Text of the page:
• View of the Great Rift

    Craters Of The Moon

    National Monument & Preserve Idaho

Beyond the Moon

title graphic
Beyond the Moon...and back...to Craters of the Moon
Since the dawn of time, people have gazed far beyond the Moon. We have always been in awe of space and noticed that those bright lights in the sky at night would spin and twist but always remain in the same alignment. Some of the lights, however, were especially bright and seemed to wander wherever they pleased. Some nights they were visible, some nights they were not. We came to know them, not as stars at all, but as planets.

After we visited the Moon, our attention turned to other bodies in our solar system. Although we haven't sent an astronaut to another planet, we have sent unmanned spacecraft and they've sent back some amazing photos from Mars and Venus.

The question...how do we know what those photos show?

The answer once again...Craters of the Moon and the Snake River Plain in Idaho.

Scientists and geologists have determined that the volcanos on Mars and Venus resemble those on Earth much more closely than similar features on the Moon. So close, that the Snake River Plain and Craters of the Moon can be used as an analog to study the volcanos of not just the Moon, but of other bodies of the solar system as well.

This photo shows the same feature on all three planets.
Can you name it?

3 planets


Mars may not have always been the dry, cold planet it is now. Because of a thin atmosphere, it has been constantly bombarded by meteors.

Go back to Activity #1 and review volcanic features on the Earth and Moon if needed. Then, take a look at the images below to identify Martian volcanic features.

mars craters


Mars Image 1



Mars Image 2



Mars Image 3



Mars Image 4



Mars Image 5



Mars Image 6



Until the advent of radar imaging in the '60's, the surface of Venus had been hidden from view. The absence of water on Venus may explain why it has a dense atmosphere made up mostly of carbon dioxide. Radar is able to penetrate that thick layer. It reflects differently off smooth or rough areas producing a black and white image. Regions that are bright are considered to be rough and dark areas are considered to be smooth. Therefore when viewing images of Venus, one must realize that not all large lava flows will be black. It is important to look for other clues to volcanic features.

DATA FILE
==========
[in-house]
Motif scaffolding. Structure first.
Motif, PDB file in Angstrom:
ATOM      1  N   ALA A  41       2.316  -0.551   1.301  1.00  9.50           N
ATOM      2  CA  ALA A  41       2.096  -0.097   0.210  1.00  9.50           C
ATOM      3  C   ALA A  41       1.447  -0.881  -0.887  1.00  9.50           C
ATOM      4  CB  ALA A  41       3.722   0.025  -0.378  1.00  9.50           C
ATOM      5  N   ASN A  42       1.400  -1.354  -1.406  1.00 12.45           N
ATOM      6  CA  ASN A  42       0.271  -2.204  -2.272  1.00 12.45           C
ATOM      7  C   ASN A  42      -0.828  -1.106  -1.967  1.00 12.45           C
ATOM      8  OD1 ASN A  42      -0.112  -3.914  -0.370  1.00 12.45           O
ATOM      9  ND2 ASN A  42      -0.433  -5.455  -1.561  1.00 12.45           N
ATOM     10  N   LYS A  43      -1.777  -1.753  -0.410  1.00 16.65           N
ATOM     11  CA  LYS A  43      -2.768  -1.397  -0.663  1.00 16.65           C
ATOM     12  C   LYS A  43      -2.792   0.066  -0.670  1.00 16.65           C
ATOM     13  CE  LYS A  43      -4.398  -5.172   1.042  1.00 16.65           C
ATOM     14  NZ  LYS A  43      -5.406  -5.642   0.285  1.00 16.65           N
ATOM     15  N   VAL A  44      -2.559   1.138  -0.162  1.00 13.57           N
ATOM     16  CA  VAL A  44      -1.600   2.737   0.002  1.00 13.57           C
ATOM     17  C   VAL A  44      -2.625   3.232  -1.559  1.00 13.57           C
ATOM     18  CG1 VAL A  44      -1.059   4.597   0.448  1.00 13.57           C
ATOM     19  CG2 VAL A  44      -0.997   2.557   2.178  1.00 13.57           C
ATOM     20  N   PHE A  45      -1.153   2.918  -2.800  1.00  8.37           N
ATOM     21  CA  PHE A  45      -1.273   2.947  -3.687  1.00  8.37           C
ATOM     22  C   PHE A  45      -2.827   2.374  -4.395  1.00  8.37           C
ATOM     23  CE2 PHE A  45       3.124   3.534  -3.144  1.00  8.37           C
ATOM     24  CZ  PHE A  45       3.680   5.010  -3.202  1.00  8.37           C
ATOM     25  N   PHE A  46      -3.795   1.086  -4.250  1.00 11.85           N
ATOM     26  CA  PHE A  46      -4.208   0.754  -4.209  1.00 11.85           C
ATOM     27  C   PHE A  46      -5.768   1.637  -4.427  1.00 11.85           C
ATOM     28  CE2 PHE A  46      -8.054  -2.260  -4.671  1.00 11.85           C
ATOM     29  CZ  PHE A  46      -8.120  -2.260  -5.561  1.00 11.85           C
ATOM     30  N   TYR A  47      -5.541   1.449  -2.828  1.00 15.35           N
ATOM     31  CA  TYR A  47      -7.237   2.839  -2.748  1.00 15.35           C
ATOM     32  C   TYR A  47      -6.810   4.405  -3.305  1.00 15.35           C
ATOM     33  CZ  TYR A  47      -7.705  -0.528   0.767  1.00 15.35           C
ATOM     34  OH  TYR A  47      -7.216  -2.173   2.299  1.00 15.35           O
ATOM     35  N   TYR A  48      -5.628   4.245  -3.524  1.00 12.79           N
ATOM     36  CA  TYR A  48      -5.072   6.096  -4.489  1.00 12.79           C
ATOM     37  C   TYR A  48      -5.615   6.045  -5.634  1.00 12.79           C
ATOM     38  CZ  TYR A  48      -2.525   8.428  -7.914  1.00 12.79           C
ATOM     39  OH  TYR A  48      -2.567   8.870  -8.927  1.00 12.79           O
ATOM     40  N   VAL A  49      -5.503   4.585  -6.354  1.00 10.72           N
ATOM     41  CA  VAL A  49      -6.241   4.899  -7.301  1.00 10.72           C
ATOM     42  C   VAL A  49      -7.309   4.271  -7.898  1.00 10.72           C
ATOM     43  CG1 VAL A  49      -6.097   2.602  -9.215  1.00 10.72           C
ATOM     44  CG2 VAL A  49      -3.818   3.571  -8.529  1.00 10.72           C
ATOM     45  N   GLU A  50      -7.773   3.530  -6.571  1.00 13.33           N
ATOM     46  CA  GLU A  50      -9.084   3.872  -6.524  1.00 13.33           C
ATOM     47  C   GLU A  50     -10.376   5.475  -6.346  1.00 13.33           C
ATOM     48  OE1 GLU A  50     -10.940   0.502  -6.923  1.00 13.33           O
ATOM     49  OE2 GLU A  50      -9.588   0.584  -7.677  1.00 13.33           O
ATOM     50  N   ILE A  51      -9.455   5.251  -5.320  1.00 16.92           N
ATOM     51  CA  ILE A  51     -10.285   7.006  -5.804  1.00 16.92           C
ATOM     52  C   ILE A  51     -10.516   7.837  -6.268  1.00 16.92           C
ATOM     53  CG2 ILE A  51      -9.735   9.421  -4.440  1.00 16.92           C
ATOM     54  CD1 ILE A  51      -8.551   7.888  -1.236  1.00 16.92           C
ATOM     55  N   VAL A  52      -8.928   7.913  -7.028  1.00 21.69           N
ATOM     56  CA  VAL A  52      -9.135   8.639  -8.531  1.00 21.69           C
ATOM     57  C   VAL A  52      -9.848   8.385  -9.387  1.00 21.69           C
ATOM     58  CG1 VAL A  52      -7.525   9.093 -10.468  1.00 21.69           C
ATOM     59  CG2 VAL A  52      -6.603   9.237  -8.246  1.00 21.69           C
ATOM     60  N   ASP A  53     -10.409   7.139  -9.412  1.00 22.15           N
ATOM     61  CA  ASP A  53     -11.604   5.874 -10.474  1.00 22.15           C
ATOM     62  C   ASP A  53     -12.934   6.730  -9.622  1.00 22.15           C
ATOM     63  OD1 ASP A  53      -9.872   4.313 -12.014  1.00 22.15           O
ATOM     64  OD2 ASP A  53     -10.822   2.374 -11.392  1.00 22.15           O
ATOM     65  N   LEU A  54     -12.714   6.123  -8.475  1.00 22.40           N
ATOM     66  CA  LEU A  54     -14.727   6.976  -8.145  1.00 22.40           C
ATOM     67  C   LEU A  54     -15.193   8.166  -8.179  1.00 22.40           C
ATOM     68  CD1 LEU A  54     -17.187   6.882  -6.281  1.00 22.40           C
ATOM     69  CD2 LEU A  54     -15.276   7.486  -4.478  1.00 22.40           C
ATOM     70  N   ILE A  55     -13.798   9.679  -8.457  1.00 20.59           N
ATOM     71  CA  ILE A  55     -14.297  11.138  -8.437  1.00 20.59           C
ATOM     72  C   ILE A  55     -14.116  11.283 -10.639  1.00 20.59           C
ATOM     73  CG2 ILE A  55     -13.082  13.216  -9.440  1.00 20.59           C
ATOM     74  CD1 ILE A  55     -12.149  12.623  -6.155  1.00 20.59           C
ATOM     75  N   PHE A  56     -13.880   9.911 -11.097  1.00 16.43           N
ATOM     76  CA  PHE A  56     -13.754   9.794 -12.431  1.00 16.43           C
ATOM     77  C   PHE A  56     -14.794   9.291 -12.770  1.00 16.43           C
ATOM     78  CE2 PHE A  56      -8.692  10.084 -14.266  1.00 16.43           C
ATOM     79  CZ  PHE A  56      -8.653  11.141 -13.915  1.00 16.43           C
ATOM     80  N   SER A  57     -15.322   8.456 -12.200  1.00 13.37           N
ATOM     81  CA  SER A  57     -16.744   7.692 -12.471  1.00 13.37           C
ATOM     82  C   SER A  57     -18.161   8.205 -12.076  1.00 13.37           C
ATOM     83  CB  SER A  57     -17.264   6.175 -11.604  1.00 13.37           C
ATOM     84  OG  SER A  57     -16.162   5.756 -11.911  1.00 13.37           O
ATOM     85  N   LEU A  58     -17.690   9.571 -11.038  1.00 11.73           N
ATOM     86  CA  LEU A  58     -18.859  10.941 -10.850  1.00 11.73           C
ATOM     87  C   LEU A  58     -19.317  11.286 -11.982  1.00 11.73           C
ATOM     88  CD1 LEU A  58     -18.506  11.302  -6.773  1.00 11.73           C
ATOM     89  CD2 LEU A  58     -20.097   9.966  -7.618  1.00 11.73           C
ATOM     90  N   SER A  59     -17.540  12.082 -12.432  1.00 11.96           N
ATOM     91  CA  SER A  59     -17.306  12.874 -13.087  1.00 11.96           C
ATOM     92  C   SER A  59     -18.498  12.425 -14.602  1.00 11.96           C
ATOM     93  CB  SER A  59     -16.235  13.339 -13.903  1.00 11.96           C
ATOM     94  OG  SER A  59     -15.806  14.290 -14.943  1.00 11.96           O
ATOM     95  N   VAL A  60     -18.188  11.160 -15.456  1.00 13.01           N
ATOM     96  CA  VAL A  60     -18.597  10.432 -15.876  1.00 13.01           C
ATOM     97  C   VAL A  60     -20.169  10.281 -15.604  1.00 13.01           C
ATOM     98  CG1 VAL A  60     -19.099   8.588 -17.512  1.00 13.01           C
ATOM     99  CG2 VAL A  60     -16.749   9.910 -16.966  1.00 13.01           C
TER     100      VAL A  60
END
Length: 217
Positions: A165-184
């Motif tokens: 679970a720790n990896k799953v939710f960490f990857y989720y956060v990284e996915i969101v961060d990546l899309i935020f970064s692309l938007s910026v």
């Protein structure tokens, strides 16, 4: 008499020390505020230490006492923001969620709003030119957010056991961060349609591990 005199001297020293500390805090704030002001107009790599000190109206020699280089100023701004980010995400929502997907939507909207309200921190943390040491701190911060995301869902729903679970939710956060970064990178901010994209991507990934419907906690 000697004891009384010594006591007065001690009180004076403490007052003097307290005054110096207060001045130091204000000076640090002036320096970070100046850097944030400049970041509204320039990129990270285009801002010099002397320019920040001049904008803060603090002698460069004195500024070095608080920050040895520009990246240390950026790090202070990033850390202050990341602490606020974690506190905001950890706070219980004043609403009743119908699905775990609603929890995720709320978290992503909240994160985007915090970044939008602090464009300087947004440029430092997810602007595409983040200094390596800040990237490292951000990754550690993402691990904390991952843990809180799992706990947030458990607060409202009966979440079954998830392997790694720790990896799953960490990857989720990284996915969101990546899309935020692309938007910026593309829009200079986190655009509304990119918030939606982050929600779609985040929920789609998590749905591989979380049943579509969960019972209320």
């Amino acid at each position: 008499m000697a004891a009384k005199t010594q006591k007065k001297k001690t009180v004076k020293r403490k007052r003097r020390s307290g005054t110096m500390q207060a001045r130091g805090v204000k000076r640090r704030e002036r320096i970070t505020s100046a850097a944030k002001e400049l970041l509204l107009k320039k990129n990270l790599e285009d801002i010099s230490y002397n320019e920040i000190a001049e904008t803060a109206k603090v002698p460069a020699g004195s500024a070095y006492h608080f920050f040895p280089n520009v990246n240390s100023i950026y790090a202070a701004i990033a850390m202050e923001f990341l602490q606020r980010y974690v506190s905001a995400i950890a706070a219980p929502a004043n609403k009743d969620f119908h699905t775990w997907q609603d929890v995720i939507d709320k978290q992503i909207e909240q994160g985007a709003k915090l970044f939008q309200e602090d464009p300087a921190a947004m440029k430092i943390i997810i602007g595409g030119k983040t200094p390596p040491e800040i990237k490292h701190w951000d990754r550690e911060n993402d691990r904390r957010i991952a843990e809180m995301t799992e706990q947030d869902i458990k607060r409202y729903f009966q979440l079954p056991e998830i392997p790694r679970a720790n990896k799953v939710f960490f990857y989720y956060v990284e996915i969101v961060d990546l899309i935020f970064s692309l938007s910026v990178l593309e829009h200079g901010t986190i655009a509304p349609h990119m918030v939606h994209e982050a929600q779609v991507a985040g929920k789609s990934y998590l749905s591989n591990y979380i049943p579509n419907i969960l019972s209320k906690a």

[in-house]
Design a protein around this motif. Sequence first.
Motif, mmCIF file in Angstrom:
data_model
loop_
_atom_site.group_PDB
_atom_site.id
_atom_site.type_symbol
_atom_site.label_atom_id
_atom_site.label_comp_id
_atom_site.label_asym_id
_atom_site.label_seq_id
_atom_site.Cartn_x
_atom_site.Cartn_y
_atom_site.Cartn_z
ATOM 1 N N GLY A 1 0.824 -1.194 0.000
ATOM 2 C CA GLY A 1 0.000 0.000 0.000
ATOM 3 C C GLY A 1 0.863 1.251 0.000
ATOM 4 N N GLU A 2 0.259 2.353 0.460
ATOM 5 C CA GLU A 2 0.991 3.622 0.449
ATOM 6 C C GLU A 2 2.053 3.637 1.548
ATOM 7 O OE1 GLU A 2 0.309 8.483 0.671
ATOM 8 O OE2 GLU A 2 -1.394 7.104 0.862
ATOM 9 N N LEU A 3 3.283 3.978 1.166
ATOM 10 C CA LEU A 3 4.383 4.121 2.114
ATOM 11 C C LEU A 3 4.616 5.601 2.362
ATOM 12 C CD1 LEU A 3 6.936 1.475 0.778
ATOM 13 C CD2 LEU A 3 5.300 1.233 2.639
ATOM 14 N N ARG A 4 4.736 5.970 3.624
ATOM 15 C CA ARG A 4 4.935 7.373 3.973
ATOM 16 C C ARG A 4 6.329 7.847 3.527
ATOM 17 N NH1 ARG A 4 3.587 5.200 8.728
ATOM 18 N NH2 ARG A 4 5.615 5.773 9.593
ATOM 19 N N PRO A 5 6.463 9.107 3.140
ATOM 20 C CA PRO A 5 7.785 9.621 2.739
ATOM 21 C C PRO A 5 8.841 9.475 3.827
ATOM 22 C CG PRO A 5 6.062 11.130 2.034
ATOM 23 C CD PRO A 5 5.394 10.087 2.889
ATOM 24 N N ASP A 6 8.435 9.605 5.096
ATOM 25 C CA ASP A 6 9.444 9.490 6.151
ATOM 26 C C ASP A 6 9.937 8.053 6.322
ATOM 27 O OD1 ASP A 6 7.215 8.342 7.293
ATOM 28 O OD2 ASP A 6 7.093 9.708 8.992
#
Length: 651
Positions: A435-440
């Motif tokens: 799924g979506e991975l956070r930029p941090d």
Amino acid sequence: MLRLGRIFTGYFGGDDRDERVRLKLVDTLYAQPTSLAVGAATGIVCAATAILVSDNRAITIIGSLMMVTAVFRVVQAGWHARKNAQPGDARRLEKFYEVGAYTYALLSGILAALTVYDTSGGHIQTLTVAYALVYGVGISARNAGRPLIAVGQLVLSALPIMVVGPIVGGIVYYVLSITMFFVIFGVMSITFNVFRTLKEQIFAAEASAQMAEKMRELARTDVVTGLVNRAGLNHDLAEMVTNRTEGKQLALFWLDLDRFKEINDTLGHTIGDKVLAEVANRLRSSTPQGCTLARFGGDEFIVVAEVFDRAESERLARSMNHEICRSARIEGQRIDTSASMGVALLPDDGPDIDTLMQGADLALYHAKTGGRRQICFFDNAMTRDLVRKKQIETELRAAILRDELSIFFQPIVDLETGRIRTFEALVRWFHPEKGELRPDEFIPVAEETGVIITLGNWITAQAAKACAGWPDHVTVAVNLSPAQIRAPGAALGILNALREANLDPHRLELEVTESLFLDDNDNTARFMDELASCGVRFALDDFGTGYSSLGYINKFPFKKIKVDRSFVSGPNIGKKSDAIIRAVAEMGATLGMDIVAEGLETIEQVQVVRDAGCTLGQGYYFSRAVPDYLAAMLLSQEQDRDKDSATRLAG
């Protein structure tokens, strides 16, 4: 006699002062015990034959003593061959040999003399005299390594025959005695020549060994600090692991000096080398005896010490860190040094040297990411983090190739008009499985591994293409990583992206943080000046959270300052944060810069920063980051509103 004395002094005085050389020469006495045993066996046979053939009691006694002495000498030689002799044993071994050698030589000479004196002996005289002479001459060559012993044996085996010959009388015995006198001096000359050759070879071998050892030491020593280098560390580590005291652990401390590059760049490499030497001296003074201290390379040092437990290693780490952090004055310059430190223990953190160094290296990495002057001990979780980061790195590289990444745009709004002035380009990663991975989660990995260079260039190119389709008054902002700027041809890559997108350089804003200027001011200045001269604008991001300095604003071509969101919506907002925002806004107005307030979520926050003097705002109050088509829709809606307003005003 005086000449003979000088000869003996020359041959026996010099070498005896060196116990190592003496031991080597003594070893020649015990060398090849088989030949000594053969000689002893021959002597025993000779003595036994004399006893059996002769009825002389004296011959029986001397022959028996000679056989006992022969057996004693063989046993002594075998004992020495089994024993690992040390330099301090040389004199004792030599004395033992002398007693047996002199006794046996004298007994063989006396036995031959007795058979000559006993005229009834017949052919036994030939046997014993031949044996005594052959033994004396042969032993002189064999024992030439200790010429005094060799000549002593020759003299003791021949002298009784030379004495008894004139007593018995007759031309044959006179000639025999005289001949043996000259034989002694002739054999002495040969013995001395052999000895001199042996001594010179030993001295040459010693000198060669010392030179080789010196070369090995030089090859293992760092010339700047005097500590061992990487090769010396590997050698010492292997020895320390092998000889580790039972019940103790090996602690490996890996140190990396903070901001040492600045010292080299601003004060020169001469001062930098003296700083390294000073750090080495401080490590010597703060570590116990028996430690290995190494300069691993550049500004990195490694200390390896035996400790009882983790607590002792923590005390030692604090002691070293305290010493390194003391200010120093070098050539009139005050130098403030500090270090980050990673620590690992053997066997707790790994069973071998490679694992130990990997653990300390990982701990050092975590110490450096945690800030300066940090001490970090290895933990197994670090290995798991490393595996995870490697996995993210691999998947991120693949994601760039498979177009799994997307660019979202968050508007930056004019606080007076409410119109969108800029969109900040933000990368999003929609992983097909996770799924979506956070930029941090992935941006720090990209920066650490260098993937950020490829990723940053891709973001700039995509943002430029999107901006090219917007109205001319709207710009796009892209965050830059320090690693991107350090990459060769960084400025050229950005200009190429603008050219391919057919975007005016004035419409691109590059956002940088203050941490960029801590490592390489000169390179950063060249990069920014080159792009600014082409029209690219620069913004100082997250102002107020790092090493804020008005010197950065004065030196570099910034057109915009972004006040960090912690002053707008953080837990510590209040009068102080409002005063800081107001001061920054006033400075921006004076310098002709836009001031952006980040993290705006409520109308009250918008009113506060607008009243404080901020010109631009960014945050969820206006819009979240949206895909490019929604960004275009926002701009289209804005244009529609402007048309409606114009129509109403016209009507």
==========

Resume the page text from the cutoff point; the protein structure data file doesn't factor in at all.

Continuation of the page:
Examine the images below to identify Venusian volcanic features.



Venus Image 1



Venus Image 2



Venus Image 3



Venus Image 4



Venus Image 5



Venus Image 6



Venus Image 7


Bonus Images

If you haven't had enough, examine these Bonus Images. What's different about these images? They are NOT volcanic features but are still similar to features found on Earth. Check 'em out and make your best guess.

bonus image


Bonus Image 1

Bonus image


Bonus Image 2

Bonus image


Bonus Image 3

Bonus image


Bonus Image 4



So, you have trained much like NASA astronauts do; using resources ranging from early black and white photos of the Moon to sophisticated radar images of Venus. This brings us full circle back to Craters of the Moon. This incredible volcanic laboratory has been used to study features on Earth and the Moon and in the future will certainly be a valuable resource in explaining and identifying volcanic features in our solar system. Explore the web for more information and photos of the Snake River Plain, Craters of the Moon, and space exploration.

Did You Know?

Alan Shepard on the moon

In 1969 Apollo astronauts Alan Shepard, Edgar Mitchell, Joe Engle and Eugene Cernan visited Craters of the Moon. They explored the lava landscape in order to learn the basics of volcanic geology in preparation for future trips to the moon. More...